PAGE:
When your WordPress site can’t connect to the site’s database, it displays this error:

Error Establishing a Database Connection

Error Establishing a Database Connection Causes

There are a few scenarios that can lead to this error:

  • The database credentials in wp-config.php are incorrect. This is fairly common when manually migrating or installing a WordPress site.
  • Your website’s database is corrupted. While this isn’t as common, it can happen, and if your database credentials check out, this would be the next thing to investigate.
  • There may be corrupted files in your WordPress installation. Another situation that isn’t common but can happen, sometimes due to a hack or an issue when copying or uploading the files.

Fixing Error Establishing a Database Connection

Head to the Backups tab for your site in MyKinsta and click the Back up now button to make a backup of your site.

Check Your Database Credentials

To check your site’s database credentials, begin by heading over to your site’s Info tab in MyKinsta. Under the Database access section, you’ll find your database name, user name, and password. Next, view your site’s wp-config.php file using either SFTP or SSH and compare the database details:

Database Name

// ** MySQL settings ** //
/** The name of the database for WordPress */
define('DB_NAME', 'xxxxxx');

MySQL database username

/** MySQL database username */
define('DB_USER', 'xxxxxx');

MySQL database password

/** MySQL database password */
define('DB_PASSWORD', 'xxxxxx');

MySQL hostname (server)

/** MySQL hostname */
define('DB_HOST', 'localhost');

If any of those details do not match, update your wp-config.php with the correct information and save your changes. If you’re viewing and editing the file on your local machine after downloading it with SFTP, be sure to upload the updated file to the server, overwriting the old wp-config.php file.

If all of the details match but the error persists, continue on to the next section.

Repair a Corrupt Database

As mentioned earlier, this isn’t as common but can happen over time as database tables are added, removed, or altered by plugins and themes. If you try logging into your WordPress dashboard and see the following error, this indicates the database is corrupted and will need to be repaired:

One or more database tables are unavailable. The database may need to be repaired.

To repair your database, you have a few options, which we explain below: with WordPress, in phpMyAdmin, or using WP-CLI.

Repairing a Database With WordPress

Fortunately, WordPress has a database repair mode which you can initiate by adding the following code snippet to the bottom of your wp-config.php file.

define('WP_ALLOW_REPAIR', true);

After saving that change, go to https://yourdomain.com/wp-admin/maint/repair.php in your browser to open the interface for repairing your site’s database:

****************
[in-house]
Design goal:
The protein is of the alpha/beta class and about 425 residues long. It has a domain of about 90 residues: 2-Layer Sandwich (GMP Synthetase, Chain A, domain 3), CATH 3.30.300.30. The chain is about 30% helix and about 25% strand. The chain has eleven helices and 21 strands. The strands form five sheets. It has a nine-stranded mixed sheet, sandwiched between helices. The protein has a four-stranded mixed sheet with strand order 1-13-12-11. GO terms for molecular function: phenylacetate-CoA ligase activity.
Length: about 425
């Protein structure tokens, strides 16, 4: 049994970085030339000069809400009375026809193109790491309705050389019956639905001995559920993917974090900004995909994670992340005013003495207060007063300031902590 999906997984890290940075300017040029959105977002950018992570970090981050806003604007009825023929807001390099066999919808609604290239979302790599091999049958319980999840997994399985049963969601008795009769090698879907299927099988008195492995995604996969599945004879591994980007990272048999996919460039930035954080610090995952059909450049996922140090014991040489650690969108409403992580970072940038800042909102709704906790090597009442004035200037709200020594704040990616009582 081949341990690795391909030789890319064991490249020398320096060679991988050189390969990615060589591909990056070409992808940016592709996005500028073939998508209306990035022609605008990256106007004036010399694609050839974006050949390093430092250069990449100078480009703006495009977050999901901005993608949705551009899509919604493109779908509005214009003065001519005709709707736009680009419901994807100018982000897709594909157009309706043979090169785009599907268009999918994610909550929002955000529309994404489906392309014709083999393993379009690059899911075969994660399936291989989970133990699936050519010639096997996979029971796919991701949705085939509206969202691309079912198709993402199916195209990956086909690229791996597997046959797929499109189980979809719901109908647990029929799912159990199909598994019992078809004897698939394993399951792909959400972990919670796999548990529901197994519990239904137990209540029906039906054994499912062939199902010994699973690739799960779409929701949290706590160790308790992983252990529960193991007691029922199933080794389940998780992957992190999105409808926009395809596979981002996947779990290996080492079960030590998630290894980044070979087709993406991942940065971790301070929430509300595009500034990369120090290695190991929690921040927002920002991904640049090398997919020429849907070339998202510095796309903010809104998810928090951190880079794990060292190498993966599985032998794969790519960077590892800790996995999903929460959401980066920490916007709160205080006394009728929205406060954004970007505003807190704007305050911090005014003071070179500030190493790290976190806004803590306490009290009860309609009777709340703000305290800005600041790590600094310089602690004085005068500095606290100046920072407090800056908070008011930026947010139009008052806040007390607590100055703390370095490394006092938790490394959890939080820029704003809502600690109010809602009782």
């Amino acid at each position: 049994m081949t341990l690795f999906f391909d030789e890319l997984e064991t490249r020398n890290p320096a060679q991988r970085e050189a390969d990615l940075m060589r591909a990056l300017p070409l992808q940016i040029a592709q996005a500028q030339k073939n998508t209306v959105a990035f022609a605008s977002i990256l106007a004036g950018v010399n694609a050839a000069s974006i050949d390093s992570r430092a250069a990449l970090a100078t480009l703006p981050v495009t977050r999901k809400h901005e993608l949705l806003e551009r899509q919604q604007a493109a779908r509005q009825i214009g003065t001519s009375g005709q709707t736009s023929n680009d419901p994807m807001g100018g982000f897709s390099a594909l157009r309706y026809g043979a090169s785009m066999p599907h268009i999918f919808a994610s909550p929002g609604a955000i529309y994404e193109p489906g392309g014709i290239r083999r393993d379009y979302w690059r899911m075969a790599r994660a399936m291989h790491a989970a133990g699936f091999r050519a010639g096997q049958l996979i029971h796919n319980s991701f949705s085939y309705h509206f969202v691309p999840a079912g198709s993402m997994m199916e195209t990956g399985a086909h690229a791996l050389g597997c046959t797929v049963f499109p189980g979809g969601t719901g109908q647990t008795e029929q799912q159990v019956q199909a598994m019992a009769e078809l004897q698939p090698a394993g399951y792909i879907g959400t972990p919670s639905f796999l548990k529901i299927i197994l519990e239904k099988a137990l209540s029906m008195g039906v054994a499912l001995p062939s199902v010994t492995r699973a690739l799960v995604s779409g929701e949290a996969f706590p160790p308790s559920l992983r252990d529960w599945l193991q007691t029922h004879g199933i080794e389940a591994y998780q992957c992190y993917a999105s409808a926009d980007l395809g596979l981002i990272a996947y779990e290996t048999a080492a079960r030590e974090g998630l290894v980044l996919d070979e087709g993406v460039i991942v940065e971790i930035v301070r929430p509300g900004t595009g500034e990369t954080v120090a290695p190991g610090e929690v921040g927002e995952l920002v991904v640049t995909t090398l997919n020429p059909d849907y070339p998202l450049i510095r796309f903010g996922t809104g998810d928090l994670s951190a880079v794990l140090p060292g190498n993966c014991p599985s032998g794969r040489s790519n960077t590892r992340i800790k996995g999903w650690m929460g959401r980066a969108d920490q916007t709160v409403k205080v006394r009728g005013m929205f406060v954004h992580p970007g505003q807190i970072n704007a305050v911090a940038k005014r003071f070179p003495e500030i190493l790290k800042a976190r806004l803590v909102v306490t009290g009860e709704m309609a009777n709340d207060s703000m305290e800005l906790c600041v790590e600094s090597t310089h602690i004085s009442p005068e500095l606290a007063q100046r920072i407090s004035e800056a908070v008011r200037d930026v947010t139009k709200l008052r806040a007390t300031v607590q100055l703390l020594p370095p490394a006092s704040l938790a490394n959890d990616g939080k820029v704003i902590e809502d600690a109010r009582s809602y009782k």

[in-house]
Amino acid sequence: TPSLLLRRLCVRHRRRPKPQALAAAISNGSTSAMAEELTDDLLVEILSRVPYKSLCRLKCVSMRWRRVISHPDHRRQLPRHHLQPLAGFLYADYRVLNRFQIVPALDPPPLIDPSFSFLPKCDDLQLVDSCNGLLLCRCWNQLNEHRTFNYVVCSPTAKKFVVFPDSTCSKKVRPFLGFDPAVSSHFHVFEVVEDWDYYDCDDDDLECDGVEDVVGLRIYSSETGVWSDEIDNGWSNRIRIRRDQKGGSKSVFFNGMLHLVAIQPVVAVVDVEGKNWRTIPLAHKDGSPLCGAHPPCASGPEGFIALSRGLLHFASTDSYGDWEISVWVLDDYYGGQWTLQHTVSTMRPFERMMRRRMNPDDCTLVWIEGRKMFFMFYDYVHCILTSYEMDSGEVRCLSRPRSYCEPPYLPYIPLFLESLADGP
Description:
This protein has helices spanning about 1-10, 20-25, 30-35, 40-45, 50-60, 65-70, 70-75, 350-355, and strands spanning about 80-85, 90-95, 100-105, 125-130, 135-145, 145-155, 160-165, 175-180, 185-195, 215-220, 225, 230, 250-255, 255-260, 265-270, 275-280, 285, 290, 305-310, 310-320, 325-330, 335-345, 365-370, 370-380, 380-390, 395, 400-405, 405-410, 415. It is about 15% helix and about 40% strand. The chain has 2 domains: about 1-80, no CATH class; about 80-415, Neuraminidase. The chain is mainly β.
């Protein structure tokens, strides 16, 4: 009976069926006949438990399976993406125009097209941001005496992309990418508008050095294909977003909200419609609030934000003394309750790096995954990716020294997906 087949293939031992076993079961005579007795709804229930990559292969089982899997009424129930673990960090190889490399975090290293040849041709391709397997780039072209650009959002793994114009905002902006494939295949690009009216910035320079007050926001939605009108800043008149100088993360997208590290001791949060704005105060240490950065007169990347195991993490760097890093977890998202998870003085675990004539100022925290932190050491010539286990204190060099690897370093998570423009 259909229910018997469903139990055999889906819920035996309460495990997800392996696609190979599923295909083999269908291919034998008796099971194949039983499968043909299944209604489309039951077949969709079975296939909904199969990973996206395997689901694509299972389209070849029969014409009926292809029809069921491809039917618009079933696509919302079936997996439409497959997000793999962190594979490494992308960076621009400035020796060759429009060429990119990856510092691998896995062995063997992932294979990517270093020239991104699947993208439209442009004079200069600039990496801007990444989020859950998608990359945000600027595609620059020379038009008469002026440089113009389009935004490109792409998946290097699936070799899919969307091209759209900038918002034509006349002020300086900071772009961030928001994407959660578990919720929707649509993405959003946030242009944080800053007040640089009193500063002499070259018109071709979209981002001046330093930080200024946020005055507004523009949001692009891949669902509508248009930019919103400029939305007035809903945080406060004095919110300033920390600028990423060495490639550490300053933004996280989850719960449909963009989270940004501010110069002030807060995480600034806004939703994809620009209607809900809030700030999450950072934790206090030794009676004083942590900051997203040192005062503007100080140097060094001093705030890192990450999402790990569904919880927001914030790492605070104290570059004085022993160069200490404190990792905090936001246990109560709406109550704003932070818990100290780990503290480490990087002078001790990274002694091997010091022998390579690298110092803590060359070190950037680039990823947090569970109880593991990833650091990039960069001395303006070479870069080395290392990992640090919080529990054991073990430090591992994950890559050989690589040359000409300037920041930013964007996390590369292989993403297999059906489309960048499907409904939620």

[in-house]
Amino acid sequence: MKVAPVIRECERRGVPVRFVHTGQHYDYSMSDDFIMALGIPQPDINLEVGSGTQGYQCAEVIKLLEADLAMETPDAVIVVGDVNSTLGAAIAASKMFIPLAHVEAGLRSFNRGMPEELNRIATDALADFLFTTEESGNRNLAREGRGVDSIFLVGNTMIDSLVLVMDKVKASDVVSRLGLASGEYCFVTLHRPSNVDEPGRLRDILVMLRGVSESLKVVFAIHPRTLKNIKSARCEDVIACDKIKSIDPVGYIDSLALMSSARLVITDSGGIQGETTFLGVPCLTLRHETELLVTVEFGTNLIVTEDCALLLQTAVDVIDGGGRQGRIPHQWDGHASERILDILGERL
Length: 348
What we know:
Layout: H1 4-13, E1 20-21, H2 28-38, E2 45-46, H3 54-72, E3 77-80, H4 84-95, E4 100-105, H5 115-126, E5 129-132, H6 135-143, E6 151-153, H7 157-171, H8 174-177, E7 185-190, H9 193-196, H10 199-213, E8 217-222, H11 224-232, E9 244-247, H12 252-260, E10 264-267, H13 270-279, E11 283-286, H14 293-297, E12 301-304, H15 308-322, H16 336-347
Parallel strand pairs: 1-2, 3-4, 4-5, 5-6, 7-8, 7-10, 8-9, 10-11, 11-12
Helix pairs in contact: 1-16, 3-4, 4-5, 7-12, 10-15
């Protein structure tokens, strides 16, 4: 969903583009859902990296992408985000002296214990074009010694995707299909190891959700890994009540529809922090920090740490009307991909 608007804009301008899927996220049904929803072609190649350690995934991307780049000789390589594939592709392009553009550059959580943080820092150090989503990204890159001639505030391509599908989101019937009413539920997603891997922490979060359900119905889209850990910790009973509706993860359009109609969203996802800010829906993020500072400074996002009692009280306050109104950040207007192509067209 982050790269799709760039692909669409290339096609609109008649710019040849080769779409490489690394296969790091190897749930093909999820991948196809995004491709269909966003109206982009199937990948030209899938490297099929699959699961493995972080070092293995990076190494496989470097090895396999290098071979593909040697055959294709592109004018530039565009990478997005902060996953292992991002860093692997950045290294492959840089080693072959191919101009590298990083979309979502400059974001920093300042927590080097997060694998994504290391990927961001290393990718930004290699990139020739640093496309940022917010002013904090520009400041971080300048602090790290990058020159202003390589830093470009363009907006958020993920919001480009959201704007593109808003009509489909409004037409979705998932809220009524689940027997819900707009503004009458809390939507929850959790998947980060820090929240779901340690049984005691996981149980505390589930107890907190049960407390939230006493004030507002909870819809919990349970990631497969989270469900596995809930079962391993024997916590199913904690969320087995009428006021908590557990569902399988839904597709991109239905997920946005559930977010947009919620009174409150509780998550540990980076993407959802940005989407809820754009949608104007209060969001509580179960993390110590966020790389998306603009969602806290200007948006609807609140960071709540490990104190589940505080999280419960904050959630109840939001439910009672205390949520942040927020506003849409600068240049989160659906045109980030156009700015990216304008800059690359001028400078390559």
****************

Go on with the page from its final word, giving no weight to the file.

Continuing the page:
WordPress repair database
WordPress repair database

 

The Repair Database option is quicker than the Repair and Optimize Database option. If this is a live site you’re working to get back up and running, we recommend going with the Repair Database option.

Repairing a Database With phpMyAdmin

Log in to phpMyAdmin, click on your database, and select all the tables. From the dropdown menu near the bottom of the page, select Repair table. This does the same thing as running the REPAIR TABLE MySQL statement.

Repair database tables in phpMyAdmin.
Repair database tables in phpMyAdmin.

Repairing a Database With WP-CLI

To repair your database with WP-CLI, run the following command:

wp db repair

Once it’s finished, you’ll see the following success message:

Success: Database repaired.

Fix Corrupt Files

Another less common cause of a database connection error is corrupted WordPress core files. To test and fix this, you’ll need to replace your WordPress core files via SFTP or WP-CLI.

Reinstall WordPress Core with SFTP

Begin by downloading a fresh copy of WordPress from WordPress.org. Be sure to download the same version you’re running on your site.

Unzip the downloaded file on your local computer, then delete the wp-content folder and the wp-config-sample.php file.

Connect to your site with SFTP and upload the remaining WordPress files to your site, overwriting the existing files.

Once the upload is complete, empty your site’s cache and test the site to see if the error is cleared.

Reinstall WordPress Core with WP-CLI

To reinstall WordPress without overwriting the wp-content directory (where you theme, plugins, and media are stored), run the following command:

wp core download --skip-content --force

Once the reinstall is complete, empty your site’s cache and test the site to see if the error is cleared.

Restore Your Latest Working Backup

If all else fails, you can try restoring your latest working backup. Note: this may not be your most recent backup if the error has been going on for some time.

In MyKinsta, go to your site’s Backups tab and choose the backup you want to restore. If you want to test the backup in staging before restoring it to your live site, click the Restore to button next to the backup, then choose Staging from the dropdown menu.

Restore a backup to Staging.
Restore a backup to Staging.

Once you’re sure you want to restore the backup to your live site, click the Restore to button next to the backup, then choose Live from the dropdown menu.

Contact Support

If you’ve followed the troubleshooting steps above but this error persists, our knowledgeable Support team is here to help 24/7.